“Over My Head”
Out of all of McVie’s vocal performances, “Over My Head” is my favorite. The rhythm and instrumentation alone make it a classic, easy listening soft rock track, but I like how it puts a spotlight on McVie’s husky, bluesy voice. It was the first Fleetwood Mac song that I truly loved. She wrote it about bandmate Lindsey Buckingham, which is not the last time another bandmate would be the focal point of her songwriting.
In college, I had a collection of my dad’s CDs that I’d play in my car. One day, I was chatting with my dad about this song in particular, and to my surprise, he told me that he used to jam with McVie’s brother, John Perfect, back when my dad owned a disco club in the Philippines. According to my dad, Christine sent John a four-track Tascam recorder, which he and my dad used to record John’s jazz band. Now whenever I listen to “Over My Head,” I think about springtime in college, my dad, and how I’m now the same age he was when he was bobbing his head to Christine’s voice on the radio. —Jeremy Rellosa
When I saw the news about Christine McVie’s death, this song immediately started playing in my head. The last track on side one of Rumours, the quintessential (and most successful) Fleetwood Mac album, shows us McVie’s voice, as a singer and songwriter, in full emotional bloom. Like the best ballads, its beauty lies in its simplicity: It is carried entirely by the sound of piano keys and the soaring, yet always controlled, lilt of McVie’s voice. As she has said in multiple interviews over the years, “Songbird” came to McVie in the middle of the night: She wrote it in a half-hour, then stayed up all night until one of the band’s producers was awake and could help her record it. I’ll say that again: She wrote this gorgeous, enduring piece of music in 30 minutes. It has taken me more than 30 minutes to write the blurb about that song. “Songbird” isn’t just a song, it’s a gift from the heavens that was sent to Christine McVie and it sounds, every time, like something holy.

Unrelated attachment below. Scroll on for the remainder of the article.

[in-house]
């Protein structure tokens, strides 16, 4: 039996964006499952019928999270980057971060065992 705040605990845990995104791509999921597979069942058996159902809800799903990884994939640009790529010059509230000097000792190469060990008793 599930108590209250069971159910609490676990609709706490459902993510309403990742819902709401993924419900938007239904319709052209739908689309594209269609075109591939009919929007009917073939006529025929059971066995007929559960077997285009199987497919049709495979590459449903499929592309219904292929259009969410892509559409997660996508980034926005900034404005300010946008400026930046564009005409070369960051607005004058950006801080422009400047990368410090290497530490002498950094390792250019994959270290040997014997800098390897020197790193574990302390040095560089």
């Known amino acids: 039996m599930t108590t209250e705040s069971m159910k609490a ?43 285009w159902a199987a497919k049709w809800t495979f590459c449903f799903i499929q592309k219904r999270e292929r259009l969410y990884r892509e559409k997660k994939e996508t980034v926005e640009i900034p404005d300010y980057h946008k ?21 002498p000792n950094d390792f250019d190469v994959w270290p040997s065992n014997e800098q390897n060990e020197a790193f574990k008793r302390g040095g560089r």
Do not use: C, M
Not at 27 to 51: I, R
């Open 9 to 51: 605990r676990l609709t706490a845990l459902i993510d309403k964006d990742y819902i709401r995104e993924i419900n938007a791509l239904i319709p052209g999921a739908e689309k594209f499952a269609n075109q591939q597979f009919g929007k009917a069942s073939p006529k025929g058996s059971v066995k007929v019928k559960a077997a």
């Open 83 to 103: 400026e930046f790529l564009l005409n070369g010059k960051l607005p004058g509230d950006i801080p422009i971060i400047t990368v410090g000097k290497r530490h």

In an interview with The Guardian earlier this year, McVie even described “Songbird” as “sort of a little prayer for everybody,” which explains why it jumped to mind immediately after the news of her passing. Now more than a few of its lyrics — “For you, there’ll be no more crying / For you, the sun will be shining … And I wish you all the love in the world / But most of all, I wish it from myself” — sound like a prayer, one written by and for the great Christine McVie. — Jen Chaney
“Tusk” music video
Christine McVie is not the central force in the “Tusk” video — it’s Mick Fleetwood’s ever-ecstatic facial expressions, and Stevie baton-twirling, and the cardboard cutout of John McVie, and the stunning Trojans marching band. It’s the entire scene. But there, in the middle of it all, is McVie, looking unflappable and unfazed by any of it. She puts the big trojan helmet on; in nearly every shot she’s holding a full-to-brimming glass of white wine. It’s so tempting to call her a background figure — except there she is, staring straight at the camera and doing a sly little shrug, runaway winner for coolest person in the stadium. —Kathryn VanArendonk